10x Content Ideation & Creation Process
There are two ways to succeed in content marketing:
Be the first one to break a story. Or be the best one to tell it.
The latter is where a 10x content happens. By providing content 10x better than what is currently out there for a certain topic.
Apart from offering a great product/service, content is considerably the one key element that allows many brands to succeed online (especially with consistent execution).
There are millions of content being published daily on the web. Our generation is already drowning in content.
Because many still fail to provide the best solution/answers to their audience’s ever-growing needs.
So in this post, I will share a few tips based on how I personally come up and create 10x content (or skyscraper content, if you prefer the term) – that can help:
- Attract and earns links
- Exemplify your expertise in your industry
- Rank for keywords/search terms that will have impact for your campaign
- Generate leads and customers to your business
I will also share actual samples of my typical workflow and thought-process for content ideation, validating the idea and creating a draft for the content.
Criteria for 10X Content:
- Provides a uniquely positive user experience through the user interface, visuals, layout, fonts, patterns, etc.
- Delivers content that is some substantive combination of high-quality, trustworthy, useful, interesting, and remarkable
- Is considerably different in scope and detail from other works on similar topics
- Loads quickly and is usable on any device or browser
- Creates an emotional response of awe, surprise, joy, anticipation, and/or admiration
- Has achieved an impressive quantity of amplification (through shares on social networks and/or links)
- Solves a problem or answers a question by providing comprehensive, accurate, exceptional information or resources.
How to Brainstorm Content Ideas
In content creation and linkable asset development (link bait), planning is 50% of the battle.
And content planning for developing big content assets is actually the catalyst of our link building process at Xight.
For marketing consultants (like me) who work externally to help other businesses grow, there are many sources out there that you can use to come up with content topics that will resonate well with your clients’ target audience.
To name a few:
- Industry-specific subreddits on Reddit
- Competitors’ websites
- Popular forums & communities in your space
Recommended reading: How to Generate Better Content Ideas
But of course, it will tremendously help if your clients can grant you access to internal business data (more often from their sales team, customer survey and feedback forms, etc…) to generate content topics that are aimed directly at their target customers.
How to Validate Your Content Ideas
Effective content marketing is not just about coming up with bunch of topics to write about and publish.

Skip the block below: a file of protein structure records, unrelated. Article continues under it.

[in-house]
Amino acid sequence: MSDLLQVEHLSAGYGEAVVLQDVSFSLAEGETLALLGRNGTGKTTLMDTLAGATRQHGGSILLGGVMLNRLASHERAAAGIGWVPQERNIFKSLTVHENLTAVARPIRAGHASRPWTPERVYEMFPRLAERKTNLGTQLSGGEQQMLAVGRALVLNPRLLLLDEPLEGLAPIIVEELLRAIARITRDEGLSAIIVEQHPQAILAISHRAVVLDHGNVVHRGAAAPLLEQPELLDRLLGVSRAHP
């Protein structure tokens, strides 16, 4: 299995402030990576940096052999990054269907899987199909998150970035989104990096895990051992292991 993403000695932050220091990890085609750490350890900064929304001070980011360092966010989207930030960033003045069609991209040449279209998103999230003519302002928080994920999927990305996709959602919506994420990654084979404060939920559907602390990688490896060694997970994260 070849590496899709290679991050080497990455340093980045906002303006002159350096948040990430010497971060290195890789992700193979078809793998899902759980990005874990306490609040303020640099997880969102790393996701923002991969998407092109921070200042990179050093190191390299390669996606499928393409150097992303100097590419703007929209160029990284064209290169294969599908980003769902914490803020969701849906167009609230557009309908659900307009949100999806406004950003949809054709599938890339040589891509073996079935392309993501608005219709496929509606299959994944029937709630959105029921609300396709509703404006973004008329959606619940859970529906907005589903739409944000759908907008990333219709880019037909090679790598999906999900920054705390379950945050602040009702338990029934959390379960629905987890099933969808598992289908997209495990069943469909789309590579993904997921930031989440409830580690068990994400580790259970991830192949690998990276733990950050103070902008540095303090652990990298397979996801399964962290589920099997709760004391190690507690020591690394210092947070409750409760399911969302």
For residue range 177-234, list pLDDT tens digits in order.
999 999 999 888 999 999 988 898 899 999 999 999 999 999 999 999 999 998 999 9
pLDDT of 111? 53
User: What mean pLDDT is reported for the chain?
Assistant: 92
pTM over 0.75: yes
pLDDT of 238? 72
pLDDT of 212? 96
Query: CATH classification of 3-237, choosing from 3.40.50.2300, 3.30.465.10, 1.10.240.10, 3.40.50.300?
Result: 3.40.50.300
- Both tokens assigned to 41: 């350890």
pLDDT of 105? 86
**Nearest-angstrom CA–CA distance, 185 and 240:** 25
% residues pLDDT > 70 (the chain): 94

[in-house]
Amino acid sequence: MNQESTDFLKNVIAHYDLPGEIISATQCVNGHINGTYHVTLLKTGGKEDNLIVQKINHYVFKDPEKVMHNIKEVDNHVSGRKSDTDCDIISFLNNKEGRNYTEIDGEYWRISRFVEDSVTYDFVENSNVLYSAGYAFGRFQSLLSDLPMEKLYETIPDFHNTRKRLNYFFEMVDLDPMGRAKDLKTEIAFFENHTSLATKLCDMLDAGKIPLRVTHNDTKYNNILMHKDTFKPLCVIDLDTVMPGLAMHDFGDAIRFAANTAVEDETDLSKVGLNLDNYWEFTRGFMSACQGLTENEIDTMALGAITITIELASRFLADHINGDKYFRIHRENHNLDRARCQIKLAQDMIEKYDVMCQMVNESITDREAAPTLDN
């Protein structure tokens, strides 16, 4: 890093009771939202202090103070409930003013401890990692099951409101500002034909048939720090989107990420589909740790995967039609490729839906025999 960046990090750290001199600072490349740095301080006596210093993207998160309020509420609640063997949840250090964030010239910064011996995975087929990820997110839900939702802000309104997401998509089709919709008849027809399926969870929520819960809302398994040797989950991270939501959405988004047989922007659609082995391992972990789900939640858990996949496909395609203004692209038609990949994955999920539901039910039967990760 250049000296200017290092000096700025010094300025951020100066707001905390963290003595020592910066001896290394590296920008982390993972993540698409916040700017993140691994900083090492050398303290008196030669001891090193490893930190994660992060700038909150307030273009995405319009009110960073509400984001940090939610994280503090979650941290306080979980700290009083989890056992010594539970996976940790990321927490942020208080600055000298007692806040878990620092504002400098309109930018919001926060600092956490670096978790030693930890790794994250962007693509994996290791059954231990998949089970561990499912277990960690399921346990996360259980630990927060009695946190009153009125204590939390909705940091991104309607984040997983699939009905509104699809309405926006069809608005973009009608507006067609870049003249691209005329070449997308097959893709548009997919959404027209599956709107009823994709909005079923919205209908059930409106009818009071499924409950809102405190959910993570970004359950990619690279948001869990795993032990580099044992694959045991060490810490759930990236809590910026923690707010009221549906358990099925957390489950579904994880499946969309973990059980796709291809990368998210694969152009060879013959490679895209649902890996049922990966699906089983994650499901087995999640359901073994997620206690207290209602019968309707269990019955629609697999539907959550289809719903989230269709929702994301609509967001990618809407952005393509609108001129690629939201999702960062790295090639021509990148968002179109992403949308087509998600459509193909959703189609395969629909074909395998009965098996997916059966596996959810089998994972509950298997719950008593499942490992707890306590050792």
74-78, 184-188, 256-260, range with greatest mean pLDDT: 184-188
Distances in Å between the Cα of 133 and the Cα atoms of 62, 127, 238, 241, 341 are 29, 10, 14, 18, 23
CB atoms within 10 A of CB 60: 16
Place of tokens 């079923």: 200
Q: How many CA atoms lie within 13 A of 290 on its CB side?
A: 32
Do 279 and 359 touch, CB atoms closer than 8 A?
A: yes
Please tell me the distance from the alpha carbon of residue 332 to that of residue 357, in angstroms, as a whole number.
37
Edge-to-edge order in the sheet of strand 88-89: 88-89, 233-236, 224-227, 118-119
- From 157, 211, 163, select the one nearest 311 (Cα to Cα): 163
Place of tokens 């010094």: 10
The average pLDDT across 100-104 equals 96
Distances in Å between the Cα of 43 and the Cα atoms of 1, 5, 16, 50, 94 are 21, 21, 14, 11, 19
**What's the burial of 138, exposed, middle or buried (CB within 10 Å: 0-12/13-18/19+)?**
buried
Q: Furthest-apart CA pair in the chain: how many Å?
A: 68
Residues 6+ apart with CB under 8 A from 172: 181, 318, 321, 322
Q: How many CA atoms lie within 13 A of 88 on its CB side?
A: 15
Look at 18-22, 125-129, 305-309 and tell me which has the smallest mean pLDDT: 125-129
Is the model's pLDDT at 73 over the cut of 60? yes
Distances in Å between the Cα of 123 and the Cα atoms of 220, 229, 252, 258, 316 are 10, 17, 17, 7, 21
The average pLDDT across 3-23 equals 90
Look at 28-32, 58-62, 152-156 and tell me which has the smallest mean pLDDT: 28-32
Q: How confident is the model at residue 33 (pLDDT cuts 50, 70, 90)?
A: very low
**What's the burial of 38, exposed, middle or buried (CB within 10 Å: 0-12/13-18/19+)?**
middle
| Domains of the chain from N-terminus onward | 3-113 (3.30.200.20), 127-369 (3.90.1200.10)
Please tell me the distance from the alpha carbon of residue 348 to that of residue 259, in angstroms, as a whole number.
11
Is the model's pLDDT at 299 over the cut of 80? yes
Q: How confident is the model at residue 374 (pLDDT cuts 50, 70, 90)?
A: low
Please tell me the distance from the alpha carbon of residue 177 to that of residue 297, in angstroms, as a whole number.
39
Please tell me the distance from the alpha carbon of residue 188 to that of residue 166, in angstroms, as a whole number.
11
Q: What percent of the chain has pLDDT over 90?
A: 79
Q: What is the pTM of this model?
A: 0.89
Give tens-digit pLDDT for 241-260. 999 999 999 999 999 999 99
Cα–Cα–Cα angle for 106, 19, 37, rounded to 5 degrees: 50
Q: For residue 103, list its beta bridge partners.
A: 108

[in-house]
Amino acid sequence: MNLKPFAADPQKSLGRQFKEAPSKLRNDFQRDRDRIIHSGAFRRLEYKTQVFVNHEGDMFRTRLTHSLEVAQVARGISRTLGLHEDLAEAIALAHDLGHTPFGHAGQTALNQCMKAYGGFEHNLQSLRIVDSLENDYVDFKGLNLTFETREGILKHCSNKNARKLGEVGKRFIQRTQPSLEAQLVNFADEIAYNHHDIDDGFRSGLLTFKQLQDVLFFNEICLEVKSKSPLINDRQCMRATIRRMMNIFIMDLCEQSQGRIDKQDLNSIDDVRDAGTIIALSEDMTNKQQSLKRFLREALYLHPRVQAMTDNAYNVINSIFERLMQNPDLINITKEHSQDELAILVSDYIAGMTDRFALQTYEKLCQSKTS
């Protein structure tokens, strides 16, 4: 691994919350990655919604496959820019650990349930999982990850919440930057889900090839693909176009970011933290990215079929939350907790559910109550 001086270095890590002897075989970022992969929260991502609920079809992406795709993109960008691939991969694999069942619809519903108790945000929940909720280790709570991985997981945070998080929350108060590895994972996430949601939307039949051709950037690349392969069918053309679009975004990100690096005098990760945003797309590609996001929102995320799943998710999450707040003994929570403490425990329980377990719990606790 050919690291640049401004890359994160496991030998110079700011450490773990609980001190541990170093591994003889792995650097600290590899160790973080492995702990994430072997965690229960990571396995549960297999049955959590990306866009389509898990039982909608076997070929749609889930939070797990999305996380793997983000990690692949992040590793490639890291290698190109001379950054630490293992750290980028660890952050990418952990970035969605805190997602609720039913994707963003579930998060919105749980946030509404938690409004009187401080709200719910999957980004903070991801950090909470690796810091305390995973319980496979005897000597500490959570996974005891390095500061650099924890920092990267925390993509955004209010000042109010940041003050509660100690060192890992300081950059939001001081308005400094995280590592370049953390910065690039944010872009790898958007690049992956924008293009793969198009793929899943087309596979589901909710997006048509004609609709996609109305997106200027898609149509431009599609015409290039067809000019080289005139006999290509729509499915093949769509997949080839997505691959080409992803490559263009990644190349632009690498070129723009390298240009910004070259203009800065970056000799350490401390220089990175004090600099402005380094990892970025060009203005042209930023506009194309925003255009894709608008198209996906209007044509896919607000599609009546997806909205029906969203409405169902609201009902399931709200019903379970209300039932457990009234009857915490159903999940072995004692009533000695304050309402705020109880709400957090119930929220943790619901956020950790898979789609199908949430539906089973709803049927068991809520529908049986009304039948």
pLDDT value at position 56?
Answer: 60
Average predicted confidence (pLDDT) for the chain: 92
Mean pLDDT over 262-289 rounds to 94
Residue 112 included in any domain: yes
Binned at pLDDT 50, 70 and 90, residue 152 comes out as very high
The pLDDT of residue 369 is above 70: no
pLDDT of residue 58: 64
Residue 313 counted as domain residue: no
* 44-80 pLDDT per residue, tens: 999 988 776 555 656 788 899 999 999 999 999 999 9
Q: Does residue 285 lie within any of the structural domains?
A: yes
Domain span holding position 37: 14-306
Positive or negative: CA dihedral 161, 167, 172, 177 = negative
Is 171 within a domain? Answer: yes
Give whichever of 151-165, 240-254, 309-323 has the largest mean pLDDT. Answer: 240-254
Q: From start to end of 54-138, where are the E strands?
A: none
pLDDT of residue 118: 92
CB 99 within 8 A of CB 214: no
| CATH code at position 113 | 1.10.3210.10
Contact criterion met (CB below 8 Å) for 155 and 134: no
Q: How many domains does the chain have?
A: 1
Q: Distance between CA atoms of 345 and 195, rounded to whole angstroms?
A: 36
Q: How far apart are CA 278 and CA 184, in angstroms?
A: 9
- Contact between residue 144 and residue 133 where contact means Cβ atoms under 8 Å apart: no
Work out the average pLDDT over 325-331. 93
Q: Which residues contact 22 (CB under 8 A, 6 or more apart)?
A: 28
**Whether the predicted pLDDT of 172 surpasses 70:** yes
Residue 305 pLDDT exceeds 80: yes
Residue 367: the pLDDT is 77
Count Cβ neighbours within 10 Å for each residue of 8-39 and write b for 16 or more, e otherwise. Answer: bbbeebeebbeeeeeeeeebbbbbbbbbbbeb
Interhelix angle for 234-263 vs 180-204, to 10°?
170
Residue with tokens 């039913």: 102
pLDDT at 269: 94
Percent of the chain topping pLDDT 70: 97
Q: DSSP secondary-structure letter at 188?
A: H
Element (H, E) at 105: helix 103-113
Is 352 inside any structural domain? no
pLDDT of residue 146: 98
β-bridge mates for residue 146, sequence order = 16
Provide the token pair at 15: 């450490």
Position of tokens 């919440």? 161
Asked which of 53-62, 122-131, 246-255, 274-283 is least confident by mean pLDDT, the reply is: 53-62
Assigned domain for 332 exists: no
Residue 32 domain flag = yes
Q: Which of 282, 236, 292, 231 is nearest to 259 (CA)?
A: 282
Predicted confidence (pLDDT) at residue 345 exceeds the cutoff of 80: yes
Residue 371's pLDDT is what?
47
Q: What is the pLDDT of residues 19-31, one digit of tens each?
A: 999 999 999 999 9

What’s more important is to make certain that your idea will fly and actually help your clients hit their business’ objectives.
Below are the key aspects of content planning that you should implement to tear down and eventually justify the viability of your content idea.
Note: The sample below is actually for a content I’ve been planning to build for Kaiserthesage since last year. I just didn’t find the time to create it (sucks). But feel free to build it – I’m sure a lot of SEOs will find it really useful.
1. Check topic/keyword search volume
It’s best to generate other keyword variations that you can target for your content idea to maximize your content’s reach (through search).
You can use also Google Suggest (its auto-complete function) to generate more keyword variations for your content (or to generate even more content ideas):
2. Check if there are existing linking opportunities for the topic
Review the top ranking pages for the topic you want to build content on. See if the ranking pages have substantial # of links pointing to them.
3. Influencers who are interested about the topic
Are there existing content amplifiers who will be willing to promote the content once you publish it (by sharing or linking to it) – if given that it’s 10x better than what they have shared or linked to in the past?
See who have linked and shared your competitors’ content and make a list of them (use Ahrefs > Top Referring Content).
Reach out to them once your content goes live.
Tip: Mention your target influencers from your content. It can improve your chances of having them share your content on their social networks.
4. Evergreen topic litmus test
One way to make the most out of your content ideas/assets is to ensure that they can provide value to its intended audience for a long time.
Search trends can be used to determine the longevity of the topic (use Google Trends).
Evergreen content works best in any content marketing campaigns, because they can efficiently scale a site’s marketing efforts and sustain its online visibility (through natural linking – as its organic traffic grows over time).
It’s also important to annually revisit and review your content’s timelessness (and relevance).
Update whenever it’s necessary, because it can help further boost or sustain their rankings (read this).
5. Unique Value. What’s missing from your competitors’ content?
Review your competitors’ content. Can you add something about the topic that hasn’t been written or mentioned from their content, or better – elsewhere?
In which you can incorporate the following:
- Internal data
- Case studies
- Survey data
- Consolidating publicly available data (that will have impact to your client’s target audience)
- Redistributable content formats such as visual content, slide decks, or PDFs (for link building purposes)
- Your own actionable insights.
- Provide better or more remarkable user experience (ex: interactive elements).
6. Rankability – can we rank for this content/topic’s search term(s)
At this stage, you’d probably start asking yourself the following questions:
- Is the site’s DA high enough for this new content to rank in a short period of time?
- What’s the average DA of the sites ranking within the top 10 for the target keyword(s)?
- How many links do we need to get to the top page of Google?
- How do we build links to this content?
- Will influencers really link to or share this content?
- Will this content idea be genuinely 10 times better than what’s currently ranking #1 in Google?
If you can confidently answer yes to the last 2 questions, I believe you have a strong chance of getting to the top page (and building a 10x content for your client along the process).
As for the rest of the questions – it really depends.
To answer these questions quickly, there are too many ranking factors to consider. Apparently, pages can still rank even with a lower overall link authority compared to other pages that are already ranking (you can rank even with low DA and less # of links).
But personally, I think it’s more important to focus on the last 3 questions (links are still obviously very important).
Because if you have the link building part sorted out even before actually creating the content, you’d definitely have a better chance of ranking well.